Meaty meals with a Brazilian accent

Restaurant: The Malibu Grill in Columbia embodies current trends for Latino food, lots of beef and tapas. Its lakeside setting doesn't hurt, either.

Sunday Gourmet

June 25, 2000|By Elizabeth Large | Elizabeth Large,Sun Restaurant Critic

If you decided to create a restaurant from what the National Restaurant Association says are the hottest culinary trends right now, it would look something like the Malibu Grill in Columbia.

Latino food. Check.

Beef in quantity. Check.

Tapas. Check.

Throw in some margaritas and rich desserts for good measure, and put such a restaurant in one of the most pleasant settings imaginable, such as the green and peaceful waterfront of Columbia's Lake Kittamaqundi. Voila! A can't-miss prospect.

So why isn't every table filled at the Malibu Grill on a nice evening in June?

The reasons aren't readily apparent. The Malibu is a chain restaurant, but a respectable one, with an intriguing concept based on the Rio de Janeiro churrascaria, or steakhouse.

After you've been seated and ordered drinks, you can help yourself to the buffet at any time. You choose from hot and cold dishes, most but not all of which have a Brazilian accent.

You could start with a soup (this night it was a not-very-tempting meat and vegetable); make yourself an hors d'oeuvre plate of potato salad, marinated mushrooms, canned tuna fish, mussels on the half shell with snippets of pimento and the like; or simply have a very good salad, perhaps with the restaurant's gorgonzola vinaigrette.

Meanwhile meats are being grilled on 2-foot-long skewers in the back of the restaurant: sirloin steak, beef ribs, thick chunks of turkey wrapped in bacon, sausage, pork and lamb. (On a mid-week evening when the restaurant was half-empty, lamb had been taken off the menu.)

Servers in Brazilian cowboy costume wander around the tables holding skewers filled with meat. On each table is a wooden prop about the size of a croquet mallet head. Half of it is painted red, half green (as in stop and go). When you're ready for meat, you stand it on one end so the green is on top. Sooner or later a server stops by with his skewer.

Did you wonder what those tongs were that came with your silverware? The server carves a piece of meat half off, you tug at it with your tongs and place it on your plate.

We were seated at one of the outdoor tables on a beautiful June evening, which was great; but maybe because of that we weren't visited as quickly as we should have been. (My husband kept muttering, "Where's the beef?")

If the same thing happens to you, tell your waitress. (She's not the same as the meat bearers.) She'll not only get someone to you posthaste, but she'll also send you the kind of meat you want--as in rare sirloin, or chicken legs.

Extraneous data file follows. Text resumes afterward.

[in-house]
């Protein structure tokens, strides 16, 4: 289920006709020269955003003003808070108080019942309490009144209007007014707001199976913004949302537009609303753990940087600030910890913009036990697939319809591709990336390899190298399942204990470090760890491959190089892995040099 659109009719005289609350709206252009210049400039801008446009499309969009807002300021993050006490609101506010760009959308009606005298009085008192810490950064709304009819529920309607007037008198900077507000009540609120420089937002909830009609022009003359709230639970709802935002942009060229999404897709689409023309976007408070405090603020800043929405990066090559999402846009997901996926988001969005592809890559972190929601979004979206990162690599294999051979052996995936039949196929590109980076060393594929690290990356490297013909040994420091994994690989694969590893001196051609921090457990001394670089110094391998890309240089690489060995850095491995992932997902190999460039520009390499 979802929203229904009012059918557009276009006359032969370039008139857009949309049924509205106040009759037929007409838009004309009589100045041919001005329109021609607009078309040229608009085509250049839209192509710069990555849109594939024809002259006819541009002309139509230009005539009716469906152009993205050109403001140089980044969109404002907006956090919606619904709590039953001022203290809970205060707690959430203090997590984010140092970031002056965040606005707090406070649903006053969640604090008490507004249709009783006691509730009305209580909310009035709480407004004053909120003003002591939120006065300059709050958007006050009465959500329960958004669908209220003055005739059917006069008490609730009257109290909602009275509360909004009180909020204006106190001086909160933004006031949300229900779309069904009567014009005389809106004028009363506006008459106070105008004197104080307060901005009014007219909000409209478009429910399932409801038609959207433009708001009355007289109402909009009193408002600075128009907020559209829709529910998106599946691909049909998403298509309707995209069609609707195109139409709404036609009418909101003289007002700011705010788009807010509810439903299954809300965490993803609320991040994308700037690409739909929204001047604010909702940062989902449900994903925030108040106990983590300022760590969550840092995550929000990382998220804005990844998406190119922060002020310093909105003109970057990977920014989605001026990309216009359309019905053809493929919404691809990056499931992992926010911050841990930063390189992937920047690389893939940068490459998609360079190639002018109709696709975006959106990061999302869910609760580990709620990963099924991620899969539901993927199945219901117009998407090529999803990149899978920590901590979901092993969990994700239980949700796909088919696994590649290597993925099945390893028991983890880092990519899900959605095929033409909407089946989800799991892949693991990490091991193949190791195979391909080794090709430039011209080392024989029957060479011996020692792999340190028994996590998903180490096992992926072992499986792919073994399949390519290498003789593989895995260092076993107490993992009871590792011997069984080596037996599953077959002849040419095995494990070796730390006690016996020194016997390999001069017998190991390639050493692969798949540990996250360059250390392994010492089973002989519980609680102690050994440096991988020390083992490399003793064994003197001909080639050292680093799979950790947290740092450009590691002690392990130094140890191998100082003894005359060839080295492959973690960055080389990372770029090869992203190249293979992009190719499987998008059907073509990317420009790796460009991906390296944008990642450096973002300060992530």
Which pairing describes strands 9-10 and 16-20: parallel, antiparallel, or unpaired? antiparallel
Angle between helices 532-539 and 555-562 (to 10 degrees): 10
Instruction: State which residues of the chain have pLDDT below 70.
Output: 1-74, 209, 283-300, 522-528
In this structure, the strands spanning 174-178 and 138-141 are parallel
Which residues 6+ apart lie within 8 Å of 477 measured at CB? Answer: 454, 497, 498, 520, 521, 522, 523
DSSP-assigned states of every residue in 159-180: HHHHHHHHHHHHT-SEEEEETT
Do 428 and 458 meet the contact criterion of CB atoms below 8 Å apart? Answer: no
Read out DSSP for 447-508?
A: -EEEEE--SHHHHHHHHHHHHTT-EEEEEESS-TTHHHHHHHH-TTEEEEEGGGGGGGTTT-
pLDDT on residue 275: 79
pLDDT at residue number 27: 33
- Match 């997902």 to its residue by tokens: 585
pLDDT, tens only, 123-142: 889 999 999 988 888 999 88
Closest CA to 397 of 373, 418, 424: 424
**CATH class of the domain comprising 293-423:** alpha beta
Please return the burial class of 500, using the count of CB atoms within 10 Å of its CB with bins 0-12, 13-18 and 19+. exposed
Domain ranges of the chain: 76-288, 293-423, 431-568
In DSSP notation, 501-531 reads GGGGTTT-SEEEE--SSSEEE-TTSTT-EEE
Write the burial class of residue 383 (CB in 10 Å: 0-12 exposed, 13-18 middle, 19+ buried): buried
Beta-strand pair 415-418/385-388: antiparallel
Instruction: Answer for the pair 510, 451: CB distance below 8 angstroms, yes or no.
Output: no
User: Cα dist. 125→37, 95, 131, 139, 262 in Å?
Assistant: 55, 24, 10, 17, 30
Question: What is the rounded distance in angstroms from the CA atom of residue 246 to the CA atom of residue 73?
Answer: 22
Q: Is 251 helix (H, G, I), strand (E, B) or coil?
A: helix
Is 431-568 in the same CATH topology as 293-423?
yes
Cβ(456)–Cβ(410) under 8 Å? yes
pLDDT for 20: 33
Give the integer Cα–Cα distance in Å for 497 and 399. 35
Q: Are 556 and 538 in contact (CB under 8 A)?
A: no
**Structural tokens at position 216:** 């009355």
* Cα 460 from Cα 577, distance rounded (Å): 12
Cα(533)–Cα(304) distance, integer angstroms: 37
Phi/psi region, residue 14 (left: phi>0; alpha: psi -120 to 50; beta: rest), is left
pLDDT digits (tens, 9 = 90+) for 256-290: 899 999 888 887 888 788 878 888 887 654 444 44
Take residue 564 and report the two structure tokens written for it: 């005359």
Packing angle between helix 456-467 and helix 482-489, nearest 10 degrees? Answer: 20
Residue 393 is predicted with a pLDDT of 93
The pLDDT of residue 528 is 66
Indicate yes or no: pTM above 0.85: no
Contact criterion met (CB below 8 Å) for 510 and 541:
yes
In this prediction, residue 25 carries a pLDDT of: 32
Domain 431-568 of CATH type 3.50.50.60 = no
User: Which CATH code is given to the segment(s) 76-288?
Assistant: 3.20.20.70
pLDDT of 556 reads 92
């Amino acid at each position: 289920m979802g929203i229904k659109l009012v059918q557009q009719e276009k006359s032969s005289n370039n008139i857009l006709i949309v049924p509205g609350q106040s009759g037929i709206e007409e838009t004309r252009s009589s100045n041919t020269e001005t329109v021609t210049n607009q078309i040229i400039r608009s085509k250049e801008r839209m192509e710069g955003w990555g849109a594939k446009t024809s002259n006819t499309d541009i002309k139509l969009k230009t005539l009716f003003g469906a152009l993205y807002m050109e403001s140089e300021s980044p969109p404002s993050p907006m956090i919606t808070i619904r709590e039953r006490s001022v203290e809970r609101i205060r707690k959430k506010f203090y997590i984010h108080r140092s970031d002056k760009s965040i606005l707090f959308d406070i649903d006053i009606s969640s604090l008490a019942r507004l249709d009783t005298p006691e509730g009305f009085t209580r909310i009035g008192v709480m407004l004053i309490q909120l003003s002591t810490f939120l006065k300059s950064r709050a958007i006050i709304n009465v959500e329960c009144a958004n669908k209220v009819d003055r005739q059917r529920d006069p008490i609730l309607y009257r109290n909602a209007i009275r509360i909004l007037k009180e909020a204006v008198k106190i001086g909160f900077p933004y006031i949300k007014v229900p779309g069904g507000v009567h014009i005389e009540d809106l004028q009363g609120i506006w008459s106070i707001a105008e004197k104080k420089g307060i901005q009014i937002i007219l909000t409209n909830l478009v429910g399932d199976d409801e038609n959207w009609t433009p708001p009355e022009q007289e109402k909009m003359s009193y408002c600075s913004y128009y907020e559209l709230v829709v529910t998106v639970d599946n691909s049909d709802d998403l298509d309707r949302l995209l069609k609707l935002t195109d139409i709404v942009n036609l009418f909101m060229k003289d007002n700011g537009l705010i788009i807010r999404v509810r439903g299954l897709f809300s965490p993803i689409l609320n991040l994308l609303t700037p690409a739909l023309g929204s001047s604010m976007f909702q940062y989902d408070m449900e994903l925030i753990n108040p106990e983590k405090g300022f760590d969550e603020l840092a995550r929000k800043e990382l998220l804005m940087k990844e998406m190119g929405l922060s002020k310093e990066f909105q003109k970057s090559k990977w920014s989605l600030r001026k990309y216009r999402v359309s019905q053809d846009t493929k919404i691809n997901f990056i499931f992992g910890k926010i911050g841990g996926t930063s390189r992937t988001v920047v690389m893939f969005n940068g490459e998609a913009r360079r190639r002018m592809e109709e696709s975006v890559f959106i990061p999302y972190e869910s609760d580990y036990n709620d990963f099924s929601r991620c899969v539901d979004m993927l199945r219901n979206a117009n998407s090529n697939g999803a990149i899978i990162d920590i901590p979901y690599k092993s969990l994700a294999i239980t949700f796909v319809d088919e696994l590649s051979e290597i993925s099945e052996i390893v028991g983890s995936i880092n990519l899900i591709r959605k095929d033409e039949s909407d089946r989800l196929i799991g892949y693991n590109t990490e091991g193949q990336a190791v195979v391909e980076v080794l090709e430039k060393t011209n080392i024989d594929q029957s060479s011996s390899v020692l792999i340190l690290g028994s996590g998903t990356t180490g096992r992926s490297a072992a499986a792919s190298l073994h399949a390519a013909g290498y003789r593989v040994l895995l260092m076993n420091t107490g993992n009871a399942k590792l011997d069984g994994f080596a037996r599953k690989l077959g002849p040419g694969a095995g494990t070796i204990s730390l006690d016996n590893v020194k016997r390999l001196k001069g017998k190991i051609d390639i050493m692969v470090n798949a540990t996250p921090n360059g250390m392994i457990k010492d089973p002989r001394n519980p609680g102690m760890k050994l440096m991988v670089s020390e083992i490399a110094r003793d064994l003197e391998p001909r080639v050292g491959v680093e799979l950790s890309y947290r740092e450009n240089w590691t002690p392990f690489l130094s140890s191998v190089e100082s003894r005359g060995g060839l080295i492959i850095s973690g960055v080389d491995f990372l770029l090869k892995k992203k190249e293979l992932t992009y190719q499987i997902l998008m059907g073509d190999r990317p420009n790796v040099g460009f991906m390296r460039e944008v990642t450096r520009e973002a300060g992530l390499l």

The meat is marinated, highly seasoned and very salty. I'd recommend the meat-falling-off-the-bone beef ribs with their crisp fat, but the rest of our table preferred the smoky-flavored turkey wrapped in bacon. The meats tend to run together because the seasonings are so similar.

While you're waiting for the next skewer to come around, go back to the buffet and get hot dishes, which might be meatballs, black beans, rice, polenta, okra, squash or fried bananas.

The only seafood that's grilled, salmon, is also on the buffet; but it goes so quickly we never got more than scraps. The buffet's 20 cold dishes and 11 hot ones rotate; not everything is available every night. Some are excellent, such as a cold green-bean salad made with fresh beans and the polenta. Some are fairly tasteless, such as the potato salad and the meatballs.

The Malibu Grill has two qualities that make it a good family restaurant. You can get something for the kids to eat right away, and they'll like the exotic way meat is served.

On the other hand, this isn't kid food: They'll have to have fairly sophisticated tastes, or they'll be limited to such things as the tuna fish, rice and salad from the buffet.

If you're lucky, the place won't be too busy and you'll get one of the outdoor tables. Not that there's anything wrong with the indoors -- a lot of money has been spent to redo the spot that was a Sgt. Pepper's restaurant. But it's basically one big room with lots of wood and little in the way of fabric. Add some jazzy Brazilian music, and it gets pretty noisy.

If you like the flavors of Latin food and can eat enough to make it worth your while, Malibu Grill is worth knowing about; but otherwise for the price you can get a pretty good-sized strip steak and two vegetables at a lot of restaurants in the area, so it's not really a bargain.

If you order dessert, it can quickly up the ante. Of the ones we tried, the homemade apple cake seemed to be made of brown sugar and very little else and the profiteroles were chewy. Both came with watery vanilla ice cream. Only the creamy, coconut-infused flan was worth the calories or the cash.


Food: * * 1/2

Service: * * *

Atmosphere: * * 1/2

Where: 10125 Wincopin Circle, Columbia

Hours: Open for lunch and dinner weekdays, brunch and dinner weekends

Prices: Lunch, $8.95, $5.95 for children; dinner, $15.95, $7.95 for children; weekend brunch, $11.95, $6.95 for children

Call: 410-964-5566

Rating system: Outstanding: * * * *; Good: * * *; Fair or uneven: * *; Poor: *

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